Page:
Jack Studnicka Boston Bruins
Jack Studnicka, Boston Bruins (Amy Irvin / The Hockey Writers)

It would not surprise anyone if Studnicka earns a roster spot out of training camp, but the 53rd overall pick in the 2017 draft will have his work cut out for him against some of the veterans ahead of him. This is the best opportunity he has at getting a center spot out of camp in his tenure with the Black and Gold.

Erik Haula

Needing to overhaul the bottom-six forwards this summer, general manager Don Sweeney did so when he signed three veterans, including Haula. Entering his ninth NHL season, Boston will be his fifth NHL team after signing a two-year, $4.75 million free-agent contract. Last season with the Nashville Predators after signing a one-year deal, he had nine goals and 12 assists in 51 games. 

The Bruins are hoping to get a bottom-six forward that gives them stability and any production would be a plus, but they also know they are getting a player who has been battling injuries during his career. He has been consistent the last four seasons at the faceoff dot winning an average of 54.7-percent (%) of his draws and if he can continue that in Boston, it would be a welcomed sight.

Trent Frederic

In his second season as GM in 2016, Sweeney surprised a lot of people when he selected Frederic in the first round, 29th overall. After two seasons at the University of Wisconsin and two with the Providence Bruins in the American Hockey League (AHL), Frederic made it to the NHL on a regular basis last season playing in 42 regular-season games. He saw a majority of his time at left wing.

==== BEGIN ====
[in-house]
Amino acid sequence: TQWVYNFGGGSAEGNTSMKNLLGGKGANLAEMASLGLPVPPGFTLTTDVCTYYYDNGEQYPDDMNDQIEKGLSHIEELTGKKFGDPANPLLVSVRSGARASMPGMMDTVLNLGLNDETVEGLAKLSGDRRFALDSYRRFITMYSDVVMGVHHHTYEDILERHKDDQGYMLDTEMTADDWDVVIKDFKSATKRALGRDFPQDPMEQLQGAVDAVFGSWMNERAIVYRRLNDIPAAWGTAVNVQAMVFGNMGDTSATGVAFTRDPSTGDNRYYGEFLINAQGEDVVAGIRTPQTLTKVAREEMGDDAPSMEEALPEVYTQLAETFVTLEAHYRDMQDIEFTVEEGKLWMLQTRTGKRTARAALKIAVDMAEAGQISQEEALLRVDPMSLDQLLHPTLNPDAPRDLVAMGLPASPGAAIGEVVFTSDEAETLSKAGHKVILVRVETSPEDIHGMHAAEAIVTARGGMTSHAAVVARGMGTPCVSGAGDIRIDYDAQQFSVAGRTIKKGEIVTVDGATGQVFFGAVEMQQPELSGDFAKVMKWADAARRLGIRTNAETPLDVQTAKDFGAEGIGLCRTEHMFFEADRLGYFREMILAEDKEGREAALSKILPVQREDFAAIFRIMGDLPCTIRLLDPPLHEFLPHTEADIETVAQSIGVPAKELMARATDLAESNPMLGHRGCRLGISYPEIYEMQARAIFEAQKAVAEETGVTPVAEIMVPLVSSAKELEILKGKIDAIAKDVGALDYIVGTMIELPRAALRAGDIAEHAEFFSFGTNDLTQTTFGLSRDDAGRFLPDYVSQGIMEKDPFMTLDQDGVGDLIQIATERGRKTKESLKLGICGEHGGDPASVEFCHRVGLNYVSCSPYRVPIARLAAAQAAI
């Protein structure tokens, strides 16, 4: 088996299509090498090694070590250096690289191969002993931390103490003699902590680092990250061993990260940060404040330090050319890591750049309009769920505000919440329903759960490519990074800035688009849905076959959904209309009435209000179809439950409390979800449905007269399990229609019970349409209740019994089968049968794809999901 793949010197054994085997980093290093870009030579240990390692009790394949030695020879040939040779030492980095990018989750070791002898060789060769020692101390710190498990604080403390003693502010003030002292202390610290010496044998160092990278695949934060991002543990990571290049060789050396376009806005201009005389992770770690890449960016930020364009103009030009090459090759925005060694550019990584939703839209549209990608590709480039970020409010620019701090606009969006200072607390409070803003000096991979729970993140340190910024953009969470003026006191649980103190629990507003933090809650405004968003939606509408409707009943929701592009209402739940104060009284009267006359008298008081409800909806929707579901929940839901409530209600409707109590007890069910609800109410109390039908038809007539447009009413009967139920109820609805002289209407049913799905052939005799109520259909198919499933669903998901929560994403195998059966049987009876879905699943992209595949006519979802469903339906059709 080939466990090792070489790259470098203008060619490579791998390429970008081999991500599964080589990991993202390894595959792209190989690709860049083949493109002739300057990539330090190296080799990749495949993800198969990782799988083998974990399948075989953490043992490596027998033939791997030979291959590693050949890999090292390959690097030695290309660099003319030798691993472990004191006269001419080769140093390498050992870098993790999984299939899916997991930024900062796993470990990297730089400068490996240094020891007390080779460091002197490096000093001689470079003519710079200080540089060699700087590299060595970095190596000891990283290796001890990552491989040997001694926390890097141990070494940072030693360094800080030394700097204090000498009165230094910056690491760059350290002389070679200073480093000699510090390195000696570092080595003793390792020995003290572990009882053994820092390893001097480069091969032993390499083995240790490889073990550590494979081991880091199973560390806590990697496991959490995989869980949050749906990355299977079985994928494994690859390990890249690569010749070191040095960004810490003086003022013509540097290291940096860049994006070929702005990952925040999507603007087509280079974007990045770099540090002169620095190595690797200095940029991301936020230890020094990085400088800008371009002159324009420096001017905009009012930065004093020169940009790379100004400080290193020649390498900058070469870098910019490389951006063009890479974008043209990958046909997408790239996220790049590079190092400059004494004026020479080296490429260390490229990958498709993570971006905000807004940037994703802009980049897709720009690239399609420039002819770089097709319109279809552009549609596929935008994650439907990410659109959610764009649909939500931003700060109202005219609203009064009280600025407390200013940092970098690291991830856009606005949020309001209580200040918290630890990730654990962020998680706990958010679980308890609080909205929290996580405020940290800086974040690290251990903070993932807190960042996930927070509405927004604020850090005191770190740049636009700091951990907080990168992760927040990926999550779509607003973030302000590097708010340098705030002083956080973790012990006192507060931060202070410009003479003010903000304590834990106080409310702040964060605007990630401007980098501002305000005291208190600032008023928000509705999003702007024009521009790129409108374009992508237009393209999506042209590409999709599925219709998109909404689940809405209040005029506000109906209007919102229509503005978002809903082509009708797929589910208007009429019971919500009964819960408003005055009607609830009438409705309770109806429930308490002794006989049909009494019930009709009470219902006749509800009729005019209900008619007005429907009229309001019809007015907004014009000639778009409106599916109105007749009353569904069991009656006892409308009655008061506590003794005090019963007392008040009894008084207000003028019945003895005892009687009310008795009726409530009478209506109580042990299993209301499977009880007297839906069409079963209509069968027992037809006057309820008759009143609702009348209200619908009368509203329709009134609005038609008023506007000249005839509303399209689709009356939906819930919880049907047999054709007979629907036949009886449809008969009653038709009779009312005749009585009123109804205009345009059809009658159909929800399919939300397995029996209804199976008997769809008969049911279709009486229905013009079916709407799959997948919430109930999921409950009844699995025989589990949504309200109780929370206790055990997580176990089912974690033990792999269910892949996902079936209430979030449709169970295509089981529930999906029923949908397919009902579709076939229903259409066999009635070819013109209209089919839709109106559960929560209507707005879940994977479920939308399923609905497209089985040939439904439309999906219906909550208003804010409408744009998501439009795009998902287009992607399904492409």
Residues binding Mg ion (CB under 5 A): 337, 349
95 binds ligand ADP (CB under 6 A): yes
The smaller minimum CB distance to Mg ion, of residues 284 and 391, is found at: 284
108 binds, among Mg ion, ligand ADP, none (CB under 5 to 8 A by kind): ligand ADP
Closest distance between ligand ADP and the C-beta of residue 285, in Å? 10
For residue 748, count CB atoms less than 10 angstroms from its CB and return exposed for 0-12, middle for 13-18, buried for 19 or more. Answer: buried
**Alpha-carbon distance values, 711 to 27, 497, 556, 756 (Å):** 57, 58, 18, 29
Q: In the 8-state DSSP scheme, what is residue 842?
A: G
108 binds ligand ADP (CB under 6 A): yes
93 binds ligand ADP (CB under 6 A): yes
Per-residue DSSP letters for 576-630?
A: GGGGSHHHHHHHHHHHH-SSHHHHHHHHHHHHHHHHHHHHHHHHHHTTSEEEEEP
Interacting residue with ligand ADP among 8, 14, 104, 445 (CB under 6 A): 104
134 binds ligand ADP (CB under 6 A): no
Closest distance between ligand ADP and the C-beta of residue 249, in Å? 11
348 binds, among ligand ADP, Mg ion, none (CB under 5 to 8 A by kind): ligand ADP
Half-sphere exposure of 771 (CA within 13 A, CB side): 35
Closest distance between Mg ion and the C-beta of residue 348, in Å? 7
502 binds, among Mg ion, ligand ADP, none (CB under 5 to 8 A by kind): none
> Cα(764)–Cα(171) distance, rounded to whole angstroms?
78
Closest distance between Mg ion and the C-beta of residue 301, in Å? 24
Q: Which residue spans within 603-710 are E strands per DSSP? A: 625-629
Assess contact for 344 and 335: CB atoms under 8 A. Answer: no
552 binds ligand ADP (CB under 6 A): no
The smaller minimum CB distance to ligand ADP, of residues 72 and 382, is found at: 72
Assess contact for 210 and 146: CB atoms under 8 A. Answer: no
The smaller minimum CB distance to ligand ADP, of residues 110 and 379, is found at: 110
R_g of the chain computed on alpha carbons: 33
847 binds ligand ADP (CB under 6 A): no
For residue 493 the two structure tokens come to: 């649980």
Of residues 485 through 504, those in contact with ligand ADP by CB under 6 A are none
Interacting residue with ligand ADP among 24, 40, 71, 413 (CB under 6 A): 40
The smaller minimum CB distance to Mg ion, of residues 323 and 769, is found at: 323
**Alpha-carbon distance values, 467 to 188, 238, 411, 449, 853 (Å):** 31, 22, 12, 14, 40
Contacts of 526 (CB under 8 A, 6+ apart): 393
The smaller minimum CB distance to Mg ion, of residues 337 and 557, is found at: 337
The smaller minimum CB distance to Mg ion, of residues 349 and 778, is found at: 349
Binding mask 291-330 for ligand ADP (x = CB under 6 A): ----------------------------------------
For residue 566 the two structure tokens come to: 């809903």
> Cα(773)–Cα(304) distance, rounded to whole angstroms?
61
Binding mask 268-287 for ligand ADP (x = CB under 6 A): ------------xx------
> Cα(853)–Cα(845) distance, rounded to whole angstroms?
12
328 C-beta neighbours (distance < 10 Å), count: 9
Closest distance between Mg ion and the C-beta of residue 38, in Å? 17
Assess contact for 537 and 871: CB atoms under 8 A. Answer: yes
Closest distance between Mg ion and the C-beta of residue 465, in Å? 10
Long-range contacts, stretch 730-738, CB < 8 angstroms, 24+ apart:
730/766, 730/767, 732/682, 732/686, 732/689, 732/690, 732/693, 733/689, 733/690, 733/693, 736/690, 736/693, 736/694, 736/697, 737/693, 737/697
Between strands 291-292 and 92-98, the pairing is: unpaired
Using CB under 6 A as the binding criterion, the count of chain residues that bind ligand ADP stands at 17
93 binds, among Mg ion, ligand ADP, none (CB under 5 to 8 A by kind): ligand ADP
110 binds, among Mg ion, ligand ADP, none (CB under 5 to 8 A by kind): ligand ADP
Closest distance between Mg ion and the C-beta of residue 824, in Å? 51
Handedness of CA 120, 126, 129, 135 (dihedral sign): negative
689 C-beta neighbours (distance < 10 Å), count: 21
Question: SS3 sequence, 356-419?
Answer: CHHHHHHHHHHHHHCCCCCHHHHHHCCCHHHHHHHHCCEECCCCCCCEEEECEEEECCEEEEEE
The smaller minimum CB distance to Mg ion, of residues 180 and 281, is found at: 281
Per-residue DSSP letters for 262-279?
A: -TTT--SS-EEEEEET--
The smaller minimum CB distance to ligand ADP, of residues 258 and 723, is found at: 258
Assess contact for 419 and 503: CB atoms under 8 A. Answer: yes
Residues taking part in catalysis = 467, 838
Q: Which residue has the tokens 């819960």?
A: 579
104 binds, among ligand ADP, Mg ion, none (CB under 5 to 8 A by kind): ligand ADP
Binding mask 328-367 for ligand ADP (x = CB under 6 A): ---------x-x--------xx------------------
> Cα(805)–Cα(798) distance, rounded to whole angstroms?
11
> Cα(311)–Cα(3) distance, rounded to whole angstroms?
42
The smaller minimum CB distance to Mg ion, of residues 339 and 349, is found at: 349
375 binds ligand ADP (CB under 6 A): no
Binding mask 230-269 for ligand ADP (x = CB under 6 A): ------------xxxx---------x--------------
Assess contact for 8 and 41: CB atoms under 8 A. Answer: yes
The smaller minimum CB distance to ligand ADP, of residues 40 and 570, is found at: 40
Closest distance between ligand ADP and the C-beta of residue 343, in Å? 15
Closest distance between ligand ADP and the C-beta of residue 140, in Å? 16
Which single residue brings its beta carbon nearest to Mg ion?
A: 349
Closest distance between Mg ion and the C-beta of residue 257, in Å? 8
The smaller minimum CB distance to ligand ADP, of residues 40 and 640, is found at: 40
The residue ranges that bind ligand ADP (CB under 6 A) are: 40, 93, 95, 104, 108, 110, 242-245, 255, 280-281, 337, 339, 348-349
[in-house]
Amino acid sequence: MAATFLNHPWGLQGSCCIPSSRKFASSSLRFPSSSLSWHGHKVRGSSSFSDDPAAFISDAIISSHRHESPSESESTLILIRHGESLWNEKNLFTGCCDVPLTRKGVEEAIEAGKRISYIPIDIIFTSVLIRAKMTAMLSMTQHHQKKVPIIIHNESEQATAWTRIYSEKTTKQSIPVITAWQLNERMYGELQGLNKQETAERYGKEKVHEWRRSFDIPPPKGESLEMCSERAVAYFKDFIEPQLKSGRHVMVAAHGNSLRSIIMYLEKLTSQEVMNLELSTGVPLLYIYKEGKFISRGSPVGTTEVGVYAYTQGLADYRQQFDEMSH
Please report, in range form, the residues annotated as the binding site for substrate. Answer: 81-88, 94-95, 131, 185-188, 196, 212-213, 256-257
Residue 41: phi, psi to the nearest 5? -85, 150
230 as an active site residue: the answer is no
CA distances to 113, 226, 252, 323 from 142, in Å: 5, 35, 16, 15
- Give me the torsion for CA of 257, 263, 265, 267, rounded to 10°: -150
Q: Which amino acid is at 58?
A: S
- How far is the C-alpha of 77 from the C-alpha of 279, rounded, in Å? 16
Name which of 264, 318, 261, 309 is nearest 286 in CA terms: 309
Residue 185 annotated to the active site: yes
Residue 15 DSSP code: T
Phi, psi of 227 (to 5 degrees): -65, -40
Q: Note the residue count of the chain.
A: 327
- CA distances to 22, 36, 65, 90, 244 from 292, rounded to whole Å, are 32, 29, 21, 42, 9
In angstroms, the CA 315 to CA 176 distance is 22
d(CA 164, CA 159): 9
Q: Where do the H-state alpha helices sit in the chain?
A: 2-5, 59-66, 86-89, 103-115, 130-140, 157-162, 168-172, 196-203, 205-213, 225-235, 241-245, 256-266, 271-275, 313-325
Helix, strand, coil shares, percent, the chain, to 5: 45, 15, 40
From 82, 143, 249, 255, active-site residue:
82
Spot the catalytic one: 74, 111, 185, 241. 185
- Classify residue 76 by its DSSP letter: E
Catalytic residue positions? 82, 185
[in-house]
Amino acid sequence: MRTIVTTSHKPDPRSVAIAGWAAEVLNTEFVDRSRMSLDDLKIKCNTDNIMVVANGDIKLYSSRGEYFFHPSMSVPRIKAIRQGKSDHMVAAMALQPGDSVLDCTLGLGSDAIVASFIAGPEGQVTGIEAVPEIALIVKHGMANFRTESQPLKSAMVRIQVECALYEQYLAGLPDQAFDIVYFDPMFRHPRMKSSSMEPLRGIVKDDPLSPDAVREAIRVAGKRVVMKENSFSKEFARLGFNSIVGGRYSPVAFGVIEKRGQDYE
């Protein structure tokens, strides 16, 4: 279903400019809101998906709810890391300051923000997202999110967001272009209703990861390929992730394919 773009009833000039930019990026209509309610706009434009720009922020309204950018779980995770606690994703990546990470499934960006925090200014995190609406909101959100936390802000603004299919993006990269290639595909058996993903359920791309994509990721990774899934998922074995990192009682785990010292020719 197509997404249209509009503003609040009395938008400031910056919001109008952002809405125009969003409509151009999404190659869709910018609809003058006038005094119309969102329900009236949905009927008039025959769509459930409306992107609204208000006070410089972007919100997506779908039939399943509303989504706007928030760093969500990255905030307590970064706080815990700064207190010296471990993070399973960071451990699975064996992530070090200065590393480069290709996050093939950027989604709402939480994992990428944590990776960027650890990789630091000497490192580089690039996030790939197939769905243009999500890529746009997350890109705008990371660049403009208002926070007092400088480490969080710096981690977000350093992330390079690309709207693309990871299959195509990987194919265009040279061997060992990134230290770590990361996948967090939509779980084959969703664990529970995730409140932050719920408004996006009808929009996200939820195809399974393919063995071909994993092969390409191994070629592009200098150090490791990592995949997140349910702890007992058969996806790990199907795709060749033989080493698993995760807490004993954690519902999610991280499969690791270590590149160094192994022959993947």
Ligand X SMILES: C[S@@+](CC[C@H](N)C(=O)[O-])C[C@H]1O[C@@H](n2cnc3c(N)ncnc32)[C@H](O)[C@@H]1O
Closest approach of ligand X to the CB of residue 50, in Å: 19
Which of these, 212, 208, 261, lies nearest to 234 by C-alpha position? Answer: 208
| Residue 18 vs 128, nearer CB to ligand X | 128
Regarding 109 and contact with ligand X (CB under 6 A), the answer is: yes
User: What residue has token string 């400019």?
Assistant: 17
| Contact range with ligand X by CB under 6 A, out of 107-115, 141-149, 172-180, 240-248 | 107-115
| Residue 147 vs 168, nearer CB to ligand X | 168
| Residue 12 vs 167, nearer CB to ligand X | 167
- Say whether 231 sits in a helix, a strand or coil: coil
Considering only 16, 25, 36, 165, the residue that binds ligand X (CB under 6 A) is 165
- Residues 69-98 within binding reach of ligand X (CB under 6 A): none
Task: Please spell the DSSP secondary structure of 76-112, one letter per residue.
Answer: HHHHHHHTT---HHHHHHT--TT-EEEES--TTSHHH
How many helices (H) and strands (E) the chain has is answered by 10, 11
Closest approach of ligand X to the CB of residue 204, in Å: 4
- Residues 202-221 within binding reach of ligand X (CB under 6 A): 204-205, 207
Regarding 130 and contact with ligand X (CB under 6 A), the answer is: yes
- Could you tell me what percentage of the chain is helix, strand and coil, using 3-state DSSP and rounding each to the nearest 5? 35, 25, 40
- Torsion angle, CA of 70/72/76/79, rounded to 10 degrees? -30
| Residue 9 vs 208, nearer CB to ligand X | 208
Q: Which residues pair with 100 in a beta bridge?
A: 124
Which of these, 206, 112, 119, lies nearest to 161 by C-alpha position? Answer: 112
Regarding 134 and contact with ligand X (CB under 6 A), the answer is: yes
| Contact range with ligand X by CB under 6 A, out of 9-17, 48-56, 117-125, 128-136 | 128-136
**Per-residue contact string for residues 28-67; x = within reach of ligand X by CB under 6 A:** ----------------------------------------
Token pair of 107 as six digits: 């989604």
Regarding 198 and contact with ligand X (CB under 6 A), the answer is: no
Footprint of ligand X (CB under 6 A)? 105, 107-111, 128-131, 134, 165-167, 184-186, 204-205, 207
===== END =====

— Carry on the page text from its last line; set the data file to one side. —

Trent Frederic Boston Bruins
Trent Frederic, Boston Bruins (Jess Starr/The Hockey Writers)

An energetic and tough 23-year-old at 6-foot-2 and 203 pounds, Frederic, who was slated to become a restricted free agent this summer, signed a two-year contract in June that carries a $1.05 million yearly cap hit. He will be in the mix for training camp for a spot on the bottom-six and it’s not out of the question that he could end up as the fourth-line center.

Curtis Lazar

After the top three, there are many different directions that Bruins could decide to go and Lazar is one of them. Acquired as part of the Hall trade last April with the Buffalo Sabres, he was put on the fourth line and he gave it a jolt with Chris Wagner and Sean Kuraly. Selected 17th overall by the Ottawa Senators in the 2013 Entry Draft, Lazar has one year left on his contract and is nice bottom-six depth to have.

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Two other veteran free agents that Boston signed this season, Tomas Nosek and Nick Foligno, could slide into the middle on an emergency basis if needed. There is no doubt that with Krejci leaving this summer and some of the additions Sweeney made in free agency that the center battles in training camp will be worth keeping an eye on.